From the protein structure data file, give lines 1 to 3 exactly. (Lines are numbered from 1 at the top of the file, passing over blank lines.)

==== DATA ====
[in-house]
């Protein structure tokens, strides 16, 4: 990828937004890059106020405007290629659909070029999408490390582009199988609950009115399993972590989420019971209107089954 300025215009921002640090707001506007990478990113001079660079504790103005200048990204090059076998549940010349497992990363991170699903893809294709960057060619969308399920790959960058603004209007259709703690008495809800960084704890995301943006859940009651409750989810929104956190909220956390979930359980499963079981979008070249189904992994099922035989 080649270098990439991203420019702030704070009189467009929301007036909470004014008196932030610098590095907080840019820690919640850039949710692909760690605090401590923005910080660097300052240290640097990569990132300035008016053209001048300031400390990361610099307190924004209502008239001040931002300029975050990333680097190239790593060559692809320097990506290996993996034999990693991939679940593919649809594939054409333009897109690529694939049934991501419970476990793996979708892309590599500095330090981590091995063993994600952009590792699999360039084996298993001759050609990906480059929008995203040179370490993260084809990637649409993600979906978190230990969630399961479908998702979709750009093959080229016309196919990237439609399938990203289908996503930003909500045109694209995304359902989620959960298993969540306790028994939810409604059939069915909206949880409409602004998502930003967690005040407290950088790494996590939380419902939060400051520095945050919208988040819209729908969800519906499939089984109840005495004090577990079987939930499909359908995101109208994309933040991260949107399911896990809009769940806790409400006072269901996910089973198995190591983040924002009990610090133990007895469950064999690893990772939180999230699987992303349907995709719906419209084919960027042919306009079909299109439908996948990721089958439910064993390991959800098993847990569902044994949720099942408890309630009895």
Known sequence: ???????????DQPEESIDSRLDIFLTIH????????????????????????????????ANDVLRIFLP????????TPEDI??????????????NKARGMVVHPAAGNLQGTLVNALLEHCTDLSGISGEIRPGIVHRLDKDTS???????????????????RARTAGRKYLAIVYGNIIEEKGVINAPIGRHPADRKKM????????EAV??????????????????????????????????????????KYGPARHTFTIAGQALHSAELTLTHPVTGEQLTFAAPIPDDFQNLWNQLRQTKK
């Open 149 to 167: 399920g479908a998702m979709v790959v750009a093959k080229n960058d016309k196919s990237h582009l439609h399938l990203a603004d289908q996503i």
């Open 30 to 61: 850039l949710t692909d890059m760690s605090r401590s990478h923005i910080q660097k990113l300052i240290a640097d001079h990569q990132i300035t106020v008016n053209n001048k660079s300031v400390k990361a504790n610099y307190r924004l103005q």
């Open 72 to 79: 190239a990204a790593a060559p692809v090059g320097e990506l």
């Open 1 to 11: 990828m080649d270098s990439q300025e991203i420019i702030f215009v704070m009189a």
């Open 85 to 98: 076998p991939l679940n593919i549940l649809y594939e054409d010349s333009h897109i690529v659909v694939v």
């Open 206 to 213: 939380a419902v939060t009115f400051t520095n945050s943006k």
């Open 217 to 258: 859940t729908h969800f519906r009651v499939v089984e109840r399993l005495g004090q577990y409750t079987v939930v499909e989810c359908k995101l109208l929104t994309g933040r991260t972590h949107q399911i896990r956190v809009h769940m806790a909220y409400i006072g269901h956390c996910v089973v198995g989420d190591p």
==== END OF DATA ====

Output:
[in-house]
């Protein structure tokens, strides 16, 4: 990828937004890059106020405007290629659909070029999408490390582009199988609950009115399993972590989420019971209107089954 300025215009921002640090707001506007990478990113001079660079504790103005200048990204090059076998549940010349497992990363991170699903893809294709960057060619969308399920790959960058603004209007259709703690008495809800960084704890995301943006859940009651409750989810929104956190909220956390979930359980499963079981979008070249189904992994099922035989 080649270098990439991203420019702030704070009189467009929301007036909470004014008196932030610098590095907080840019820690919640850039949710692909760690605090401590923005910080660097300052240290640097990569990132300035008016053209001048300031400390990361610099307190924004209502008239001040931002300029975050990333680097190239790593060559692809320097990506290996993996034999990693991939679940593919649809594939054409333009897109690529694939049934991501419970476990793996979708892309590599500095330090981590091995063993994600952009590792699999360039084996298993001759050609990906480059929008995203040179370490993260084809990637649409993600979906978190230990969630399961479908998702979709750009093959080229016309196919990237439609399938990203289908996503930003909500045109694209995304359902989620959960298993969540306790028994939810409604059939069915909206949880409409602004998502930003967690005040407290950088790494996590939380419902939060400051520095945050919208988040819209729908969800519906499939089984109840005495004090577990079987939930499909359908995101109208994309933040991260949107399911896990809009769940806790409400006072269901996910089973198995190591983040924002009990610090133990007895469950064999690893990772939180999230699987992303349907995709719906419209084919960027042919306009079909299109439908996948990721089958439910064993390991959800098993847990569902044994949720099942408890309630009895």
Known sequence: ???????????DQPEESIDSRLDIFLTIH????????????????????????????????ANDVLRIFLP????????TPEDI??????????????NKARGMVVHPAAGNLQGTLVNALLEHCTDLSGISGEIRPGIVHRLDKDTS???????????????????RARTAGRKYLAIVYGNIIEEKGVINAPIGRHPADRKKM????????EAV??????????????????????????????????????????KYGPARHTFTIAGQALHSAELTLTHPVTGEQLTFAAPIPDDFQNLWNQLRQTKK